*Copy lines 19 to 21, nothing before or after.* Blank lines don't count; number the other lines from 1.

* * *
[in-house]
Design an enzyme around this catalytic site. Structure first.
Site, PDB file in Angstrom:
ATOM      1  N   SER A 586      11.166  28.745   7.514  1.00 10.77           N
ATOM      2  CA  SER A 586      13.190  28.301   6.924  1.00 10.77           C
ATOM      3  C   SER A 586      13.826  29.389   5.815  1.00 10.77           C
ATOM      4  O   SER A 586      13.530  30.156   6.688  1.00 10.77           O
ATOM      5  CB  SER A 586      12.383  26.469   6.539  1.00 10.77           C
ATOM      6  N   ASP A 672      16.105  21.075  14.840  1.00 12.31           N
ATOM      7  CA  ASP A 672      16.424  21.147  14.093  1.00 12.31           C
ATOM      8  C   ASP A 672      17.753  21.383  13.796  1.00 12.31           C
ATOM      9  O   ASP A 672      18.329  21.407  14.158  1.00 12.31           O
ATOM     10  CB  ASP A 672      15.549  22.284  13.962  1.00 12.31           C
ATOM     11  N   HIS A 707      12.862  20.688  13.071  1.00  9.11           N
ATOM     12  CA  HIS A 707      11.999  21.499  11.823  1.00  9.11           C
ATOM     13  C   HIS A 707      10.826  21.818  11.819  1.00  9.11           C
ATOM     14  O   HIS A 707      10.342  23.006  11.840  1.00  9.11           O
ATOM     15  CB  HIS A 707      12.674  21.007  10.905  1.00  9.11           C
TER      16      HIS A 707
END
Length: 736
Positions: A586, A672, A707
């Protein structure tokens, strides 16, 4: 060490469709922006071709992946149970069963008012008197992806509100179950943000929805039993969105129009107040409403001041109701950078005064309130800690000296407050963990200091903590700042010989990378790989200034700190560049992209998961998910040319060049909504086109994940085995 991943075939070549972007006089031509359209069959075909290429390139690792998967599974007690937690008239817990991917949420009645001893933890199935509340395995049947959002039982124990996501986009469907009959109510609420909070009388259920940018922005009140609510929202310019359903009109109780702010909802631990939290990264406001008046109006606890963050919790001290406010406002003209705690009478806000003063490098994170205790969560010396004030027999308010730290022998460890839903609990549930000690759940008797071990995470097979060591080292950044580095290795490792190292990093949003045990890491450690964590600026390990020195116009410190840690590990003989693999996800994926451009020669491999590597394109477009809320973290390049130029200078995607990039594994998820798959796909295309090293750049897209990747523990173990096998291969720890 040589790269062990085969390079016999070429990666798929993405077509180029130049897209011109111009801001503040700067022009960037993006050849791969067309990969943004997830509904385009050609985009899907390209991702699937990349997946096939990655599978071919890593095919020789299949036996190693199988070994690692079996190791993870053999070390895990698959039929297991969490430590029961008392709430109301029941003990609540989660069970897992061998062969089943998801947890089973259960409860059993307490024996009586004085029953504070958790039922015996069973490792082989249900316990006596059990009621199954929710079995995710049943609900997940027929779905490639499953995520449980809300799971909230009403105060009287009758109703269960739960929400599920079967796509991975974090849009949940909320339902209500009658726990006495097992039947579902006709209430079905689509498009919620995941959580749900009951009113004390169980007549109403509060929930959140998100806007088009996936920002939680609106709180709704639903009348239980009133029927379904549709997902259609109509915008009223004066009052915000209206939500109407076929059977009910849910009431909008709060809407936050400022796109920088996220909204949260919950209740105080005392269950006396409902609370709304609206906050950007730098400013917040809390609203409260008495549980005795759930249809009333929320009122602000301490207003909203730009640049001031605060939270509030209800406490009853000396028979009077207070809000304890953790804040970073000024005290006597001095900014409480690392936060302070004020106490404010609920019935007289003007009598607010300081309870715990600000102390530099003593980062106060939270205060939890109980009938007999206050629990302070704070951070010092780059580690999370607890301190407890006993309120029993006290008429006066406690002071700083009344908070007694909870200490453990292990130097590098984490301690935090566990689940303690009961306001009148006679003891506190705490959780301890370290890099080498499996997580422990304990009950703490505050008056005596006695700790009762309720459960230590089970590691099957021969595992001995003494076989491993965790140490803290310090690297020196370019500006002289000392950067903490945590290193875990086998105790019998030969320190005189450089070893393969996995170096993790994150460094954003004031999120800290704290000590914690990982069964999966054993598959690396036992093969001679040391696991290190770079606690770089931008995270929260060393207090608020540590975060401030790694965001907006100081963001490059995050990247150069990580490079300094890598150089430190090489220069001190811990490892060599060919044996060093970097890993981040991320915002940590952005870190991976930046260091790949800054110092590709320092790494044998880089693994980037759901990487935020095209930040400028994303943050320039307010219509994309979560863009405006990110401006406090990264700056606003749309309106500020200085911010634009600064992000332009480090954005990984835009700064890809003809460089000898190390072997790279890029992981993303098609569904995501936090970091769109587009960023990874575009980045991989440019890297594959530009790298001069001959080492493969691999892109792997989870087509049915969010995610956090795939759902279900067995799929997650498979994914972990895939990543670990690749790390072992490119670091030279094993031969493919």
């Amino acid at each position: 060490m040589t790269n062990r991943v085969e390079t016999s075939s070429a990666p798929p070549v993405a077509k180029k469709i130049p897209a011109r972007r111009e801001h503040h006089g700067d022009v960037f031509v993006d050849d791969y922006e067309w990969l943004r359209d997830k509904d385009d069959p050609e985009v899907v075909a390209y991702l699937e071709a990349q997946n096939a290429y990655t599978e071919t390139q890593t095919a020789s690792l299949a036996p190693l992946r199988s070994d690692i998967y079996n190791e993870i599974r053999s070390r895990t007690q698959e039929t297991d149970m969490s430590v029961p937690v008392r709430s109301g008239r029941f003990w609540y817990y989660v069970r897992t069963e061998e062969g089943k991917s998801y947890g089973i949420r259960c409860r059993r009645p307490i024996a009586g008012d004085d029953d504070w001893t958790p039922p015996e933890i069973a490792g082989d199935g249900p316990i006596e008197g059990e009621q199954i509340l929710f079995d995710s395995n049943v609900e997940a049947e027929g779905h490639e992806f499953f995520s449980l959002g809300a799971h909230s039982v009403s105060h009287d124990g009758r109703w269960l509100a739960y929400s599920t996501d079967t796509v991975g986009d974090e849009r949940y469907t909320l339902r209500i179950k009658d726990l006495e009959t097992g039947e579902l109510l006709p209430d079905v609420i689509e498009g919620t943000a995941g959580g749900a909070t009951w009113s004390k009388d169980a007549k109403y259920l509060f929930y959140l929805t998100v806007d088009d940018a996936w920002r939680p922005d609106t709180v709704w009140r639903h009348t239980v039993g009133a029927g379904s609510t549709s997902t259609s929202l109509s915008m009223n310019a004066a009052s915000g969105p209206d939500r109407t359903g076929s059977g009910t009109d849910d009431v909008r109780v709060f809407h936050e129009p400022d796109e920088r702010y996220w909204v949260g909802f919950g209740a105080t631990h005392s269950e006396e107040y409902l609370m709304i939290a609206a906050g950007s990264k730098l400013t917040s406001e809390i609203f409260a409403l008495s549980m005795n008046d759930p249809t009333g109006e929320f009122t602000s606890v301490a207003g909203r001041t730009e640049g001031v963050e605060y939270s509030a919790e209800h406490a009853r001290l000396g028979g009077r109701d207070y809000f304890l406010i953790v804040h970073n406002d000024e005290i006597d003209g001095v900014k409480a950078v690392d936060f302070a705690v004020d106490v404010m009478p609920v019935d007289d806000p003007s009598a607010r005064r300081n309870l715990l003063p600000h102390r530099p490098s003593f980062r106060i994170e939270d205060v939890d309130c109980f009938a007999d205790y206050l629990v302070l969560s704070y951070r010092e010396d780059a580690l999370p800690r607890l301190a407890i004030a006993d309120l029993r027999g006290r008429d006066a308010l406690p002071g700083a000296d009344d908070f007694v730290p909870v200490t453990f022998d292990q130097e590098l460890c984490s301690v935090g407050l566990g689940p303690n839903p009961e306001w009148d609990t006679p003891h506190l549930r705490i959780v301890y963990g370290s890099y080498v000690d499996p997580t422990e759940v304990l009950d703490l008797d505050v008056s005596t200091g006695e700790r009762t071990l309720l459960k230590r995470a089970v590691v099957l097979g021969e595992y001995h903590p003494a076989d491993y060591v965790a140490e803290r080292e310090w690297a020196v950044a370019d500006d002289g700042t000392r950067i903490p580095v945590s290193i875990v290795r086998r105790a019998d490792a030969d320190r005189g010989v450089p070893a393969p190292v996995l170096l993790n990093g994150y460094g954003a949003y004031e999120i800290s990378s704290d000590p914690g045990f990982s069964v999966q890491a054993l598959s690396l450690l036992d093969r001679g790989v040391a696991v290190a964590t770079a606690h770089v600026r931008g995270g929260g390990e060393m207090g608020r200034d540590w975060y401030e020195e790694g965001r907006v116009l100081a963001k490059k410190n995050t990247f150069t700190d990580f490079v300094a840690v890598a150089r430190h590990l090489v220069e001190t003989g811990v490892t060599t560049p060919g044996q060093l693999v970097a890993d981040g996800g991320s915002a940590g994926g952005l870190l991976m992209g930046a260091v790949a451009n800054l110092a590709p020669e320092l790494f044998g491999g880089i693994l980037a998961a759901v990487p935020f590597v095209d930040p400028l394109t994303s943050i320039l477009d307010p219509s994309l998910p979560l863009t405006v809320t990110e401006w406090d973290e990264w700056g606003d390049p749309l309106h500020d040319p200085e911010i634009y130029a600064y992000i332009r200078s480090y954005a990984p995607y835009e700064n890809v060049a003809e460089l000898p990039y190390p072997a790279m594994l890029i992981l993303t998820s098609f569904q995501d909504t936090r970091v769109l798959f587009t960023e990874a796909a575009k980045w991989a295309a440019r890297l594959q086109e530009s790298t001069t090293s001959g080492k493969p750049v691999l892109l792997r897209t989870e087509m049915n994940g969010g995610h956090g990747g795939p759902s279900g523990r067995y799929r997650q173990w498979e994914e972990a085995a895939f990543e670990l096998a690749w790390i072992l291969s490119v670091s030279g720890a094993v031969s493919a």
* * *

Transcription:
TER      16      HIS A 707
END
Length: 736